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Kimberly-Clark has its aims set on diaper sales in China

China's embrace of a two-child policy in 2015 has apparently started to bear fruit, leading consumer goods maker Kimberly-Clark ready to focus on boosting sales of diapers, or nappies as they are known outside of the U.S., using its Huggies brand as the flagship.

China abandoned a one-child policy in October of 2015 as a rapidly aging population threatens to skew the workforce and lead to a surge in retirees who will need care. The move was largely expected and some analysts said possibly too late to reverse the demographic trend rapidly, but in a billion-plus population, the numbers of babies that can be made is still staggering, a company executive said.

"We've got countries like China where you've got 16 million babies on average … Because of the loosening of the one-child policy, the number of babies went up to about 17.8 million. That's a pretty big jump of about 10 percent," Achal Agarwal, president of Kimberly-Clark Asia Pacific, tells CNBC's "Managing Asia."

"So as long as there are babies … it's going to be great. And this part of the world, certainly. It's where the babies are being born. So we go where babies are," he says.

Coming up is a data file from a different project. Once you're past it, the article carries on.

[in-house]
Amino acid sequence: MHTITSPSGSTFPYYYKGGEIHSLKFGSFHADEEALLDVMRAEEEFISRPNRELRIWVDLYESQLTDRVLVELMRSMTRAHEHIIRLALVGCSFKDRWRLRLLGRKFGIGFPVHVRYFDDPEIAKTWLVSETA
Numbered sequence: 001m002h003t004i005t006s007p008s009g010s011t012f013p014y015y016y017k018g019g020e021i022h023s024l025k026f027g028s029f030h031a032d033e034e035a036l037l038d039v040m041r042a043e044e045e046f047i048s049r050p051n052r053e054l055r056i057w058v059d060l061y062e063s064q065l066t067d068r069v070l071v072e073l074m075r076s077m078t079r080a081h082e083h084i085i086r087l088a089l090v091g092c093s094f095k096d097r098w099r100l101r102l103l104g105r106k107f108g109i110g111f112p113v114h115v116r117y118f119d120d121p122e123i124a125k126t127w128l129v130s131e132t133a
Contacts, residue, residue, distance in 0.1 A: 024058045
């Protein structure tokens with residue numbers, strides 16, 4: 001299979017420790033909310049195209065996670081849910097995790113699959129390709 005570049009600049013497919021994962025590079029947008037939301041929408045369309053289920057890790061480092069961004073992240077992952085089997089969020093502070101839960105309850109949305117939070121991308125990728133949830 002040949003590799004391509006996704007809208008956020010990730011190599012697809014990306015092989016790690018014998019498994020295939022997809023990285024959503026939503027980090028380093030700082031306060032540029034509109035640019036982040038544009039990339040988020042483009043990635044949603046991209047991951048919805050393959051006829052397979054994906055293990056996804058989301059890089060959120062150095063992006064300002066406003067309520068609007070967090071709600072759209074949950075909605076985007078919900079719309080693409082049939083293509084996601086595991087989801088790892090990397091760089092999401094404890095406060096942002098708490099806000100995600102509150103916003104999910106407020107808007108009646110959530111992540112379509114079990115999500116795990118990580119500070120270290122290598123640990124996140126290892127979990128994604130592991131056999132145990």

A newborn baby is fed milk in a hospital in Huaibei, Anhui province, China.
Jie Zhao | Corbis | Getty Images
A newborn baby is fed milk in a hospital in Huaibei, Anhui province, China.

The company, which also makes Kleenex and sanitary napkins, said that despite increased competition in the consumer goods sector and an uncertain operating environment, it remains upbeat on Asia. "This region is obviously a growth region," Agarwal says.

China is a key market, with Agarwal identifying the country as the biggest growth market for the company. The country is also a manufacturing location for Kimberly-Clark, which also produces in other locations across the region such as Indonesia, Malaysia, Singapore and South Korea.

"China used to be very, very cheap at one point (but it) has got a little more expensive … (It) might surprise people but the products (made) in China are really premium to an extent. It has gone to a certain level here I don't think any other country in the world, other than Korea, is that premium," Agarwal says.

Another market that the company has its eye on is India. While sales in India cannot match up to China, for now, Agarwal is certain that this will soon change. "In the future, I think, maybe at the end of 2020, I think India will take off. India is relatively small right now but we will take off," he says.

While managing costs and prices remain core components of the consumer goods' company's strategy, catering to the specific needs of consumers in the diverse region through product innovation is just as important.

"I think the reality is that many people will sometimes talk of an Asian consumer. There's no such animal," Agarwal says, "Even within a country, there are different consumers ... What works in Indonesia may not work in Thailand and Malaysia so we actually tailor our products for the customers in that specific market."

As a result, the company doesn't use a one-size-fits-all method in its approach to catering to consumer preferences in the region.

"Some people want thick diapers, some want thin diapers. Some consumers are looking for comfort, (others) are looking for health benefits," Agarwal says.

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